On March 23, Age of Union announced a $14.5 million pledge to the BC Parks Foundation, the largest private donation in BC conservation history to protect wild ecosystems that are home to hundreds of threatened species. The first two properties purchased with this gift are BC’s Pitt River Watershed, a 733 acre salmon river sanctuary on the doorstep of the Vancouver metropolis, and French Creek Estuary, a critical 23 acre eagle sanctuary on Vancouver Island.
“I want to keep BC beautiful. I want to give back.” – Dax Dasilva
We celebrated the news in Vancouver with an event and film premiere at the JW Marriott Hotel, which brought together nearly 150 citizens, politicians, Indigenous allies and environmentalists, including legendary activist David Suzuki who honored us with his presence. It was also the opportunity to discuss conservation with guest panelists Andrew Day, CEO of the BC Parks Foundation, and Nancy Newhouse, Regional Vice-President of Nature Conservancy of Canada for British Columbia.
Age of Union’s mission is to protect threatened ecosystems and species, such as preserving ancient trees from logging or protecting wetlands from development, ensuring that carbon stocks remain intact, and that species can live free in their natural habitat. As Andrew Day stated during the event, “We are very anthropocentric, so doing things for other species out of selflessness, I think that it’s critical.”
This mission shared by Age of Union, BC Parks and Nature Conservancy of Canada, is also to lead the effort towards the 30 by 30 worldwide initiative that aims to protect 30% of the planet’s ecosystems and marine areas by 2030. Nancy Newhouse reminded us that 30 by 30 is a great mandate upon which we can all focus our conservation and climate change actions around the world.
We are also aware that ecology should be decolonized, and that it’s time more than ever to work hand in hand with First Nations, a task that BC Parks Foundation and Nature Conservancy of Canada have put forward, with multiple examples of leadership. For this reason, Age of Union is very pleased to have such allies in the province, hoping to develop more partnerships with First Nations communities where their knowledge and wisdom of how to care for the land could lead the way.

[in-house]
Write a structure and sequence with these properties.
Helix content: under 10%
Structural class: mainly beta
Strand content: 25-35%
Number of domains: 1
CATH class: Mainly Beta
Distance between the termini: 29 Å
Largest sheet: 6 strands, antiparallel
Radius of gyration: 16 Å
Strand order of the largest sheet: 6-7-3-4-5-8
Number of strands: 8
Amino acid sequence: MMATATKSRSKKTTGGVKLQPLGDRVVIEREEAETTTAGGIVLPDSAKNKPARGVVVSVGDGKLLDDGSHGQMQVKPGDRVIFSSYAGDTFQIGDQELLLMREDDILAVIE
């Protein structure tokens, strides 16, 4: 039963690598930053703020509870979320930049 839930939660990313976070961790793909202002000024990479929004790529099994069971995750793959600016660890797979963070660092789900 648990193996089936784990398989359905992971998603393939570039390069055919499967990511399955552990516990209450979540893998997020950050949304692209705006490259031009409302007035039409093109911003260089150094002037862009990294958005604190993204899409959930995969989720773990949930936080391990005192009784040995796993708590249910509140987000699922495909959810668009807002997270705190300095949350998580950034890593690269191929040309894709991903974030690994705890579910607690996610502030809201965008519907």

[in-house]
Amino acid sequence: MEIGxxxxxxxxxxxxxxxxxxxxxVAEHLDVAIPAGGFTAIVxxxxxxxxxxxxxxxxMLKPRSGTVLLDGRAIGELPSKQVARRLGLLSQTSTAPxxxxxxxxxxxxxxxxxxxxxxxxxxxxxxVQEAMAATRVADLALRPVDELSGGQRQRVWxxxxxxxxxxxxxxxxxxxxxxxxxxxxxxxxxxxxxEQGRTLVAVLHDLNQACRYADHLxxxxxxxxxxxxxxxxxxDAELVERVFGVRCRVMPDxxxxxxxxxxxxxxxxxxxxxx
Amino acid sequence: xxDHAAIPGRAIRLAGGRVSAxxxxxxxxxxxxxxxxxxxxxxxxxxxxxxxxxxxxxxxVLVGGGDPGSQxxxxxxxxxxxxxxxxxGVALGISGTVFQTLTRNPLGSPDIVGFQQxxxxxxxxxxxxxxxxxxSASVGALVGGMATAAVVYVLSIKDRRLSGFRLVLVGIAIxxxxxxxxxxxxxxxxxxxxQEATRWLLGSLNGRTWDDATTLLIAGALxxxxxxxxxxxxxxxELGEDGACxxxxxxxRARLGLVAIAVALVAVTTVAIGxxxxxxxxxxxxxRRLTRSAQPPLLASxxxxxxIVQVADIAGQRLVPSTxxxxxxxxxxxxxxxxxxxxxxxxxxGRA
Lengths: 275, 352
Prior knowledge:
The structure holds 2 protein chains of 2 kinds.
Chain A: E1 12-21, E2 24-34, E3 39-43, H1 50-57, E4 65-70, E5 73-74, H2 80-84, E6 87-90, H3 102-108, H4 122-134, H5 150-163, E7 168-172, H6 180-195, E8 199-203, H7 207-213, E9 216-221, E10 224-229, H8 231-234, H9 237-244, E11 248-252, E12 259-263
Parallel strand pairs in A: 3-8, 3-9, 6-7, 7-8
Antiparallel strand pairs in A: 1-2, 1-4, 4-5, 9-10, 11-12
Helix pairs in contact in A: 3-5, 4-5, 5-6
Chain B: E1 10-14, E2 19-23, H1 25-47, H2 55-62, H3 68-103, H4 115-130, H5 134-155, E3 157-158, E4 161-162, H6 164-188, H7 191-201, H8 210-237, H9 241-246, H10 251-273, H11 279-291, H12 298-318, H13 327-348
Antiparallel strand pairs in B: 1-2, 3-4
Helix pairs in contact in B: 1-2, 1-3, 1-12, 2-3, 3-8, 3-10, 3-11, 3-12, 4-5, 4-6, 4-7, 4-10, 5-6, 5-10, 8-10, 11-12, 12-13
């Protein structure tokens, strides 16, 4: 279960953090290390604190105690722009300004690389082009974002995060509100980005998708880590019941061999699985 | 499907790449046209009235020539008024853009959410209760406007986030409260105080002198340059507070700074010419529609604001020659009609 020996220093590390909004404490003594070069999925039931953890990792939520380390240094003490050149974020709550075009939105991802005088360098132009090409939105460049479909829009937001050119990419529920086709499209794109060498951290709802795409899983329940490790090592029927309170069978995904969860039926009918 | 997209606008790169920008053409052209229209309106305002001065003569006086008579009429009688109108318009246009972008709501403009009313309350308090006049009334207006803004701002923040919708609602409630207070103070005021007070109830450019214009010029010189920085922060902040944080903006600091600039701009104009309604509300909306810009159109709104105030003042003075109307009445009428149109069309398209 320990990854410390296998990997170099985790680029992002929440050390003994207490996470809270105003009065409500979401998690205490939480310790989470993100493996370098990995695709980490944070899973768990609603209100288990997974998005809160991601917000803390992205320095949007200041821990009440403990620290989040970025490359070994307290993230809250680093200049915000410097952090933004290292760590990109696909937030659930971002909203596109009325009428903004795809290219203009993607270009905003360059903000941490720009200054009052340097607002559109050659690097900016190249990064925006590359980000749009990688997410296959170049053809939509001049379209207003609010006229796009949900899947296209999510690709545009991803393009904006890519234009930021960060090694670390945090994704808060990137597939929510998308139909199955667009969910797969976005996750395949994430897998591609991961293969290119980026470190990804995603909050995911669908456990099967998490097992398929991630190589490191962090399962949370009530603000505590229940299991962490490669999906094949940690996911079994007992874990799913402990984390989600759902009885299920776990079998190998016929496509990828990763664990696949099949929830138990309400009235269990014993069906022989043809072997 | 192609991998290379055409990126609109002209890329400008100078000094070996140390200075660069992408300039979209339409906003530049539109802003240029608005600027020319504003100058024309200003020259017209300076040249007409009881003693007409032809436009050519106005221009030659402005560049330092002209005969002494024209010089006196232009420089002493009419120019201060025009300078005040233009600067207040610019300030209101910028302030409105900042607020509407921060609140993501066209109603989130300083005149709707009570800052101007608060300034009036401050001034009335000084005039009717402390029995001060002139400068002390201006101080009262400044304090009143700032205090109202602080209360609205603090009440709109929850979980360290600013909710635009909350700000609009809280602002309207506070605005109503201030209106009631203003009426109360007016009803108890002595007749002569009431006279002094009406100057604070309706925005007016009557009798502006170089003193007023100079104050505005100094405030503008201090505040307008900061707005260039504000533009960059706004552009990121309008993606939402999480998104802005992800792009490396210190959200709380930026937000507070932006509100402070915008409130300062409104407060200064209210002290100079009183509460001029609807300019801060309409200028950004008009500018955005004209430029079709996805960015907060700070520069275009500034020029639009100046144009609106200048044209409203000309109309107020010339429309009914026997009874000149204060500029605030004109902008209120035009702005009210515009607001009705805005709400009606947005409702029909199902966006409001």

During his speech, Andrew Day recalled that when he first met Dax Dasilva in the summer of 2021, what struck him was the way in which the tech and environmental leader combined art, film, music, technology, and cultural inclusion in his environmental projects and awareness campaigns—a visionary strategy he said. Nancy Newhouse, for her part, explains how this fresh approach is necessary to address the ecological problems we face, where the head and the heart must connect and be sources of solutions.
We are inspired by an inclusive model where everyone is invited to participate and make a difference at their own level and with their own tools, being conservationists but also economists, business people, politicians, artists, and First Nations representatives, because we need everyone and each skill onboard. There is no time for gloom and doom narratives: as shown at the Vancouver event, we must transform this energy into fuel to find solutions and act now. We are hopeful for the future, let's roll up our sleeves and get the work done!